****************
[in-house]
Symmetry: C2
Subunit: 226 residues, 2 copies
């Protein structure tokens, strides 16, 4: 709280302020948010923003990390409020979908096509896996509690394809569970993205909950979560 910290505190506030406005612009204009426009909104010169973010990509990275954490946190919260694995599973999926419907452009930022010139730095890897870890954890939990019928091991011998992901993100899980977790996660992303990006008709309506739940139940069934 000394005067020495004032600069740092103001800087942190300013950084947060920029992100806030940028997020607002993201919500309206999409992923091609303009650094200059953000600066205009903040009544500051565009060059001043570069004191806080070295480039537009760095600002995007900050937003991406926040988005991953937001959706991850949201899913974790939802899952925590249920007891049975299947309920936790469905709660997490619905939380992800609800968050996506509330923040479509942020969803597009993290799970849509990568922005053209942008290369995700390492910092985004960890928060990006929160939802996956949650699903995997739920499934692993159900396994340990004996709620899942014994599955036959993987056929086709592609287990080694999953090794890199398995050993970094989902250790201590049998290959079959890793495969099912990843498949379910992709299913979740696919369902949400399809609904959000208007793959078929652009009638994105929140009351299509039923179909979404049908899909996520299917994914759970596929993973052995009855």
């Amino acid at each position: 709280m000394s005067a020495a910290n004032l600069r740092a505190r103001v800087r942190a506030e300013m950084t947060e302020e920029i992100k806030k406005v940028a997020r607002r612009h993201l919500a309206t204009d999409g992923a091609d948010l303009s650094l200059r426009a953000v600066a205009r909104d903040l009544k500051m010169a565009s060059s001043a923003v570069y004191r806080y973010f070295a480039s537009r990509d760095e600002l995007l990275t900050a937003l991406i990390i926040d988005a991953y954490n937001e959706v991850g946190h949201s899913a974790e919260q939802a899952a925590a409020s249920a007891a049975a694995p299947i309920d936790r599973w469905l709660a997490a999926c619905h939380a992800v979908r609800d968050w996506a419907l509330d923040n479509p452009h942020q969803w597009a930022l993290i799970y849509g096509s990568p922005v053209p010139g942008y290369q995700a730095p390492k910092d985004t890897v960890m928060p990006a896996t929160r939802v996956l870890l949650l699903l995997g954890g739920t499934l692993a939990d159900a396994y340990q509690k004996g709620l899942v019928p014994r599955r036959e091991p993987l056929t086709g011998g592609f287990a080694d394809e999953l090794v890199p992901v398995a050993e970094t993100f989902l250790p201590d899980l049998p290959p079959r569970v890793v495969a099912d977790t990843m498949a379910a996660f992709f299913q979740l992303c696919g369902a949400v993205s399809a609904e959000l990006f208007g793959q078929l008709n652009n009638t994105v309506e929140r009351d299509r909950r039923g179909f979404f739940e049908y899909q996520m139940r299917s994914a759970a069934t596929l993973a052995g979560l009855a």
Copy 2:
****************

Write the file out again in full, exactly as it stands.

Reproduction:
[in-house]
Symmetry: C2
Subunit: 226 residues, 2 copies
């Protein structure tokens, strides 16, 4: 709280302020948010923003990390409020979908096509896996509690394809569970993205909950979560 910290505190506030406005612009204009426009909104010169973010990509990275954490946190919260694995599973999926419907452009930022010139730095890897870890954890939990019928091991011998992901993100899980977790996660992303990006008709309506739940139940069934 000394005067020495004032600069740092103001800087942190300013950084947060920029992100806030940028997020607002993201919500309206999409992923091609303009650094200059953000600066205009903040009544500051565009060059001043570069004191806080070295480039537009760095600002995007900050937003991406926040988005991953937001959706991850949201899913974790939802899952925590249920007891049975299947309920936790469905709660997490619905939380992800609800968050996506509330923040479509942020969803597009993290799970849509990568922005053209942008290369995700390492910092985004960890928060990006929160939802996956949650699903995997739920499934692993159900396994340990004996709620899942014994599955036959993987056929086709592609287990080694999953090794890199398995050993970094989902250790201590049998290959079959890793495969099912990843498949379910992709299913979740696919369902949400399809609904959000208007793959078929652009009638994105929140009351299509039923179909979404049908899909996520299917994914759970596929993973052995009855």
């Amino acid at each position: 709280m000394s005067a020495a910290n004032l600069r740092a505190r103001v800087r942190a506030e300013m950084t947060e302020e920029i992100k806030k406005v940028a997020r607002r612009h993201l919500a309206t204009d999409g992923a091609d948010l303009s650094l200059r426009a953000v600066a205009r909104d903040l009544k500051m010169a565009s060059s001043a923003v570069y004191r806080y973010f070295a480039s537009r990509d760095e600002l995007l990275t900050a937003l991406i990390i926040d988005a991953y954490n937001e959706v991850g946190h949201s899913a974790e919260q939802a899952a925590a409020s249920a007891a049975a694995p299947i309920d936790r599973w469905l709660a997490a999926c619905h939380a992800v979908r609800d968050w996506a419907l509330d923040n479509p452009h942020q969803w597009a930022l993290i799970y849509g096509s990568p922005v053209p010139g942008y290369q995700a730095p390492k910092d985004t890897v960890m928060p990006a896996t929160r939802v996956l870890l949650l699903l995997g954890g739920t499934l692993a939990d159900a396994y340990q509690k004996g709620l899942v019928p014994r599955r036959e091991p993987l056929t086709g011998g592609f287990a080694d394809e999953l090794v890199p992901v398995a050993e970094t993100f989902l250790p201590d899980l049998p290959p079959r569970v890793v495969a099912d977790t990843m498949a379910a996660f992709f299913q979740l992303c696919g369902a949400v993205s399809a609904e959000l990006f208007g793959q078929l008709n652009n009638t994105v309506e929140r009351d299509r909950r039923g179909f979404f739940e049908y899909q996520m139940r299917s994914a759970a069934t596929l993973a052995g979560l009855a």
Copy 2: